NASA launched the Juno spacecraft on its way to Jupiter in August of 2011. The spacecraft is due to reach Jupiter on July 4, 2016. In order for the spacecraft to reach the velocity needed to make it to Jupiter by 2016 NASA scientists put Juno into a looping orbit that would use the Earth's gravity to slingshot the spacecraft to 16,330 mph.
Yesterday Juno was supposed to have completed the second of two critical main engine firings to adjust the spacecraft's course and place it on the property trajectory to pass 310 miles above the Earth on October 9, 2013. That October flyby will complete Juno's first elliptical orbit around the sun. Juno performed the first "deep space maneuver" requiring the firing of its main engine last Thursday on August 30.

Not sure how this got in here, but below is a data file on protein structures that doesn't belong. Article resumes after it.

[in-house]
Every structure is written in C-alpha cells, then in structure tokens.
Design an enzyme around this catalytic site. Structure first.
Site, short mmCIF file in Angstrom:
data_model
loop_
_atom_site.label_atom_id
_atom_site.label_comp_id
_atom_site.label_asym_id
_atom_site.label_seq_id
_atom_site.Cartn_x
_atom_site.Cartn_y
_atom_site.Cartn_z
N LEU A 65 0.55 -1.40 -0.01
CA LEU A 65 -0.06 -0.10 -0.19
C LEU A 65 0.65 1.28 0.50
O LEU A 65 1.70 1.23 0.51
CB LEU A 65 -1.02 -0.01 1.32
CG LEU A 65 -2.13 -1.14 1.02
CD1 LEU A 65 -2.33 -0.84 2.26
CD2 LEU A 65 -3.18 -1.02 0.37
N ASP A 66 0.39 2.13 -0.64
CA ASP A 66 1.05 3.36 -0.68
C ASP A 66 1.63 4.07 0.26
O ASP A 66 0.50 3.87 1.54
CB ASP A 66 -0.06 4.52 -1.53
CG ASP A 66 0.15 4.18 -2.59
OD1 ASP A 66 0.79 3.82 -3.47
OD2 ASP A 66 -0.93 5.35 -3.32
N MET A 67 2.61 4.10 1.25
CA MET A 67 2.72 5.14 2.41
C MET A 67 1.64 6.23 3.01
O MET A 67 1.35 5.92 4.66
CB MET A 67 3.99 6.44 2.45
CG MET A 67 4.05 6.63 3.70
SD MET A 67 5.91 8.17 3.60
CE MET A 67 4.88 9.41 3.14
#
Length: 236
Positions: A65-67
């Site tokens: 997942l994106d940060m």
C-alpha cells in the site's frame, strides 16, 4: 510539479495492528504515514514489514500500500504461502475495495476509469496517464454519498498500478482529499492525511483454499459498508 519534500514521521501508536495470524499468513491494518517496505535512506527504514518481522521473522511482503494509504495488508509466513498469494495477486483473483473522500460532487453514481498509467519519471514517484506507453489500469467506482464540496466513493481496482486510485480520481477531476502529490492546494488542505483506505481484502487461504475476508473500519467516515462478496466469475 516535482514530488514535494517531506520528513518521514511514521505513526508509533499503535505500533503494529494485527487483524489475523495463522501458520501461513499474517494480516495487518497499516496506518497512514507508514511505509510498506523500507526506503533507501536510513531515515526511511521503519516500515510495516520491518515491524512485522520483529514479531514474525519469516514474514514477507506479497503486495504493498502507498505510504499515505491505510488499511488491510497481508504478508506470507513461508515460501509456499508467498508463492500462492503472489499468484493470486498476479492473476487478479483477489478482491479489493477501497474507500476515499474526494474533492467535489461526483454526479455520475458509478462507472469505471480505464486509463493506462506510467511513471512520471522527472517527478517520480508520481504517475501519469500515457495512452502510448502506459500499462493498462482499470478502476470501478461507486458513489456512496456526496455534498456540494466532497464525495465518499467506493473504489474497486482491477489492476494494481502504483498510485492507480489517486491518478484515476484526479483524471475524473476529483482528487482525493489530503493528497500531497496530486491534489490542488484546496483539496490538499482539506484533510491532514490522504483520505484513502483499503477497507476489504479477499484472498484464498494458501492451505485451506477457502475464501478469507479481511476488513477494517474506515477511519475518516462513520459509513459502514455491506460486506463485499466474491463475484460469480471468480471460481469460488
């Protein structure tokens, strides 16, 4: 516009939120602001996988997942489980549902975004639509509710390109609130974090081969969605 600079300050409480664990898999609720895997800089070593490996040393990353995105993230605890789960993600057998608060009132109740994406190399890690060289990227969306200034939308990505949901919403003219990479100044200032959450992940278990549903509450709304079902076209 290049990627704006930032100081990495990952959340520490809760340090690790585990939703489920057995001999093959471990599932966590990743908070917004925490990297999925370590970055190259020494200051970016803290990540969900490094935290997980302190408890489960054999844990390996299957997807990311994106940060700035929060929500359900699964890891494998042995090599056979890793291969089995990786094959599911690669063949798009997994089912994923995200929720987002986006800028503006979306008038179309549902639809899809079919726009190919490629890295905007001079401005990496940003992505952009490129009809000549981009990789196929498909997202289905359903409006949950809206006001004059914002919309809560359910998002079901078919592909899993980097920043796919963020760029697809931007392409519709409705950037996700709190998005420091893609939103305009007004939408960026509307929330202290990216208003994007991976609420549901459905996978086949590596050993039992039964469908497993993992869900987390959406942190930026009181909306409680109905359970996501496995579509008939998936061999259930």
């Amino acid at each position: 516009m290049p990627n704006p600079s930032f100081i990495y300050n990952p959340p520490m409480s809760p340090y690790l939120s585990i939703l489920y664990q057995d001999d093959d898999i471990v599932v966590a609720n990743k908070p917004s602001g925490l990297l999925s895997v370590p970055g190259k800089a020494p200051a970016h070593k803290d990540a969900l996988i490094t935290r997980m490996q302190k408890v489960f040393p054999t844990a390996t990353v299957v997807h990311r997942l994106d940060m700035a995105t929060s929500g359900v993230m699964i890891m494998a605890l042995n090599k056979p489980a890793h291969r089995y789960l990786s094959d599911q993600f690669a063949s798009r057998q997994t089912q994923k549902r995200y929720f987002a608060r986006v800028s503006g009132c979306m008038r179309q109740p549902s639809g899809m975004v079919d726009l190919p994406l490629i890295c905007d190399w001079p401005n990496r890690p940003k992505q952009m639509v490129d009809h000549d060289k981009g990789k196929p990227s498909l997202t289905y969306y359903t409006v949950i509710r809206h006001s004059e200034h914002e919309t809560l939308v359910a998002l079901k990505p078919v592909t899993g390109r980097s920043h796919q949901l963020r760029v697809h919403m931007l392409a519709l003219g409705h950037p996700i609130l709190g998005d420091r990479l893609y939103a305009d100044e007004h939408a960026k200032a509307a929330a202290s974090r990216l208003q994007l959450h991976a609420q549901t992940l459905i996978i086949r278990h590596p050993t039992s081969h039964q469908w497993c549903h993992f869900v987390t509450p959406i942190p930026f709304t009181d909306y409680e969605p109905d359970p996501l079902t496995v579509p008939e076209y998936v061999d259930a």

That firing required the engine to be active for 29 minutes and 39 seconds changing the spacecraft velocity by about 770 mph. The firing also consumed 829 pounds of fuel. The reason the critical second firing of the main engine was delayed this week had to do with an unexpectedly high propellant pressure within the spacecraft propulsion system. The spacecraft controllers decided to delay the burn to give them an extra 10 days to examine the pressure increase and consider options to mitigate any potential catastrophe.
The second main engine firing has been rescheduled to September 14 and will not affect the mission. Juno will eventually reach a speed of 160,000 mph, making it the fastest man-made object ever, before slowing down to enter orbit around Jupiter. When Juno arrives at Jupiter in 2016 its main engine will fire for 30 minutes placing it into a 107 day capture orbit around Jupiter. The goal of the Juno mission is to investigate Jupiter's origins, interior structure, atmospheric dynamics, and polar magnetosphere.